Identifying the functional basis of recent selective sweeps in the malaria genome

Identifying the functional basis of recent selective sweeps in the malaria genome

Project details

Malaria parasite populations are constantly adapting in response to their human and mosquito hosts, immunity, drug pressure and other environmental challenges. Genome wide screens of selection in malaria parasite populations of Papua New Guinea have revealed novel regions under recent positive selection. 

This project aims to investigate several candidate adaptive genes found within these selective sweeps, including putative drug resistance genes, in order to understand the causes and consequences of parasite genome evolution. The project will employ molecular parasitology, genomic epidemiology and systems biology (genomics, epigenetics, transcriptomics) to identify and investigate parasite phenotypes associated with candidate adaptive loci.   

Students will become proficient in molecular and systems biology, molecular parasitology, genetic epidemiology, Next Generation Sequencing, bioinformatics (Unix, R) and population genetic analyses.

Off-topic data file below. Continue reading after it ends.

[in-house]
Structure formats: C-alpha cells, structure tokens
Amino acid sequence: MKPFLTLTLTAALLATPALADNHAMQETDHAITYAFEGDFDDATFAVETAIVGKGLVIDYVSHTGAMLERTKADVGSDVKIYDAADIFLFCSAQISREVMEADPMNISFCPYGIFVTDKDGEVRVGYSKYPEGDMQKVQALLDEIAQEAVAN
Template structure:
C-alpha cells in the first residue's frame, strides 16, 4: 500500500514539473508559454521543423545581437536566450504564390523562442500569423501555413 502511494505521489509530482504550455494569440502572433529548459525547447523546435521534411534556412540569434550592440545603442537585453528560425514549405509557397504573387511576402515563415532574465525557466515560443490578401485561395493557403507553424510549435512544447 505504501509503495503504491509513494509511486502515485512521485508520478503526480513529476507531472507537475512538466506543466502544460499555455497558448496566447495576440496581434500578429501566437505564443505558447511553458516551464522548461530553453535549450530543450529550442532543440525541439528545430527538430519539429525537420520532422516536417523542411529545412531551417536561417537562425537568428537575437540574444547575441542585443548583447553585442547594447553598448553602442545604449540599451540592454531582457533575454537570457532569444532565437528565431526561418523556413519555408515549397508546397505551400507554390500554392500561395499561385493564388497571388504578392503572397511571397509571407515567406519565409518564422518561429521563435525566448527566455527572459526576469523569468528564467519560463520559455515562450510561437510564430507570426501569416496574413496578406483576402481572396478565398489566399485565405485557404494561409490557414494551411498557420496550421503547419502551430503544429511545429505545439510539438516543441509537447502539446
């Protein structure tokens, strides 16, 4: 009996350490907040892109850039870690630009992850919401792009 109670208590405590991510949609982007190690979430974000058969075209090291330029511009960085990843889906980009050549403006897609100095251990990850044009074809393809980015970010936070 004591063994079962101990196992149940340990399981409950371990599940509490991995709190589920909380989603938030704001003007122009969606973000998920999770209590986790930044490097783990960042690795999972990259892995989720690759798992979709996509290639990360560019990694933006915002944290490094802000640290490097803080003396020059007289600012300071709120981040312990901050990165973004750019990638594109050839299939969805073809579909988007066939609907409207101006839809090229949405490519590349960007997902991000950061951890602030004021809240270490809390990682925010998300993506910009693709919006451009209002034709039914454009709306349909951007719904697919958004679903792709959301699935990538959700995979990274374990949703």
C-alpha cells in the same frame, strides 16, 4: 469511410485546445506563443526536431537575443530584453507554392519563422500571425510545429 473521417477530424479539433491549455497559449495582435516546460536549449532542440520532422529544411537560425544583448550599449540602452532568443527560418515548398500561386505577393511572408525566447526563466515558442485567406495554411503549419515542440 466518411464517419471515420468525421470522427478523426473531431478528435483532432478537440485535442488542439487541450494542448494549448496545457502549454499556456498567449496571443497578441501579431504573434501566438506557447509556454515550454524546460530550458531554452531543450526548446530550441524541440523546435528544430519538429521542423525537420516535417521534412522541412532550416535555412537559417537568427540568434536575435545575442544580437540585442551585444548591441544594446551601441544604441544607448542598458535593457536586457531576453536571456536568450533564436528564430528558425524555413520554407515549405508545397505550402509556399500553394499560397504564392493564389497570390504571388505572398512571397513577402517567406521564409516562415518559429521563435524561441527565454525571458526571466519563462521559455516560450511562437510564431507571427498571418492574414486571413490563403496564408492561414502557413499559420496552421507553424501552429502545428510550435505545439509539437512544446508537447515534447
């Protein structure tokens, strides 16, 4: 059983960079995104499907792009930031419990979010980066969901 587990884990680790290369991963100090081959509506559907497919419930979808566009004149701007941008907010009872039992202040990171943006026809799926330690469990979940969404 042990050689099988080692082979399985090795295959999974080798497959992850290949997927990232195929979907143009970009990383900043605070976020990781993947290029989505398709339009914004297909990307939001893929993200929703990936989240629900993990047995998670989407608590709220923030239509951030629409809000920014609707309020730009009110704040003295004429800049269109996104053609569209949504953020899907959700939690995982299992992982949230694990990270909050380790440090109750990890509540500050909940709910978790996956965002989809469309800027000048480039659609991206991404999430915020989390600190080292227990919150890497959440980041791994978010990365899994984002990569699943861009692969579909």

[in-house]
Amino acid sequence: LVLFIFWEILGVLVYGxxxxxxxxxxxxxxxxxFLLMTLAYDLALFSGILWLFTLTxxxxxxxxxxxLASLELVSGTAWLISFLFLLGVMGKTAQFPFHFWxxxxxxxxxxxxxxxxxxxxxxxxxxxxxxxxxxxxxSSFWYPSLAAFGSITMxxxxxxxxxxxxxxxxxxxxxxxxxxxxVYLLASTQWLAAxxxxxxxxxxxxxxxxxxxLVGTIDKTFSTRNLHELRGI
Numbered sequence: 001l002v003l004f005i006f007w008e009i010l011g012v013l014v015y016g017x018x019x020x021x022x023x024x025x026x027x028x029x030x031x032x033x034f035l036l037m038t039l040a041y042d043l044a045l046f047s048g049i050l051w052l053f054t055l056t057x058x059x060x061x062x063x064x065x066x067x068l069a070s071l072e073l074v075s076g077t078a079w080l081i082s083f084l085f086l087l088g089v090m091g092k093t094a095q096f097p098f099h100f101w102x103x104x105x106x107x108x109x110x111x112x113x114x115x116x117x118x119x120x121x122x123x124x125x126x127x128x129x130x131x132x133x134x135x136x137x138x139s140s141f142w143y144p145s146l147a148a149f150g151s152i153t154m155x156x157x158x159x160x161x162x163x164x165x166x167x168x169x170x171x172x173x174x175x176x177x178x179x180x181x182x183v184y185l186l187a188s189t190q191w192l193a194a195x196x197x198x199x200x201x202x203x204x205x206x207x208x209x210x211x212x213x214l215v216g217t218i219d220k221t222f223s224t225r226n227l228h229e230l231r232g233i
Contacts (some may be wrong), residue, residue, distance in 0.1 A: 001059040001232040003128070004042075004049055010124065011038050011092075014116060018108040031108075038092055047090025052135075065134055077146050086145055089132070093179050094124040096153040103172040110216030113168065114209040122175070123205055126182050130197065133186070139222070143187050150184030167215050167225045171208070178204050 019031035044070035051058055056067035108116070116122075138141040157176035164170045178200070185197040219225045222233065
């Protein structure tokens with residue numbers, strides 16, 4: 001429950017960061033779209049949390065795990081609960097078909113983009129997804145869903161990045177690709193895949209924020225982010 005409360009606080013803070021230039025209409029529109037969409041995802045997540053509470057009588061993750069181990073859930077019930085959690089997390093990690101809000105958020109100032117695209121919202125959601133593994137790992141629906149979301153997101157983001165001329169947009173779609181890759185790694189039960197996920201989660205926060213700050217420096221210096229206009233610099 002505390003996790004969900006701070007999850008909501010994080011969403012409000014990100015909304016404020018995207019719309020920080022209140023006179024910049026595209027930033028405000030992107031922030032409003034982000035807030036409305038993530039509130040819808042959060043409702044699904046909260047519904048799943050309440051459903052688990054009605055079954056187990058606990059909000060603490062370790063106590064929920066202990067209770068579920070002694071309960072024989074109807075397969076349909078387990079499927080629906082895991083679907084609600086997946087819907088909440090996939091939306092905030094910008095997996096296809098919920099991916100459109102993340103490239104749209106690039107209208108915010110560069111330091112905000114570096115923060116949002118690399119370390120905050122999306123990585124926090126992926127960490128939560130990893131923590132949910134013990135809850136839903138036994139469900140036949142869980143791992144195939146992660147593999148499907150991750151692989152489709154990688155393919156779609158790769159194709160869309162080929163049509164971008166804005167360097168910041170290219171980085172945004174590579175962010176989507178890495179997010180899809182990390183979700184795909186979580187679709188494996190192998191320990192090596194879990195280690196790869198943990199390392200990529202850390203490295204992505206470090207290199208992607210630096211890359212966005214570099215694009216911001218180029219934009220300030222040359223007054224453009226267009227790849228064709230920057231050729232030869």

About our research

Research in the Barry lab focuses on understanding the genomic diversity of natural malaria parasite populations to inform on transmission patterns, drug resistance, vaccines and the acquisition of immunity in the human host. We are interested in understanding the impact of malaria control and elimination and how to target interventions to have the greatest impact. We combine high quality field studies with state of the art genomic technologies to explore central questions in malaria genomic- and sero-epidemiology with direct relevance to global health. 

Professor Alan Cowman is an expert in malaria parasite biology and his team has contributed to potential new vaccines and treatments. Professor Melanie Bahlo leads a bioinformatics research team that develops new data analysis approaches to understand infectious and inherited diseases. 

Expertise across our teams includes biochemistry, molecular biology, cell biology, genomics, population genetics, epidemiology, protein chemistry, super resolution microscopy, bioinformatics and biostatistics. We work closely with other groups at the institute, interstate and overseas including researchers at the Sanger Institute (UK), Broad Institute (USA) and field researchers in malaria endemic countries in the Asia Pacific. 

Researchers:

Professor Alan Cowman

Professor Alan Cowman in the lab
Professor
Alan
Cowman
Deputy Director and Joint Division Head

Professor Melanie Bahlo

Melanie Bahlo
Professor
Melanie
Bahlo
Joint Division Head

Project Type: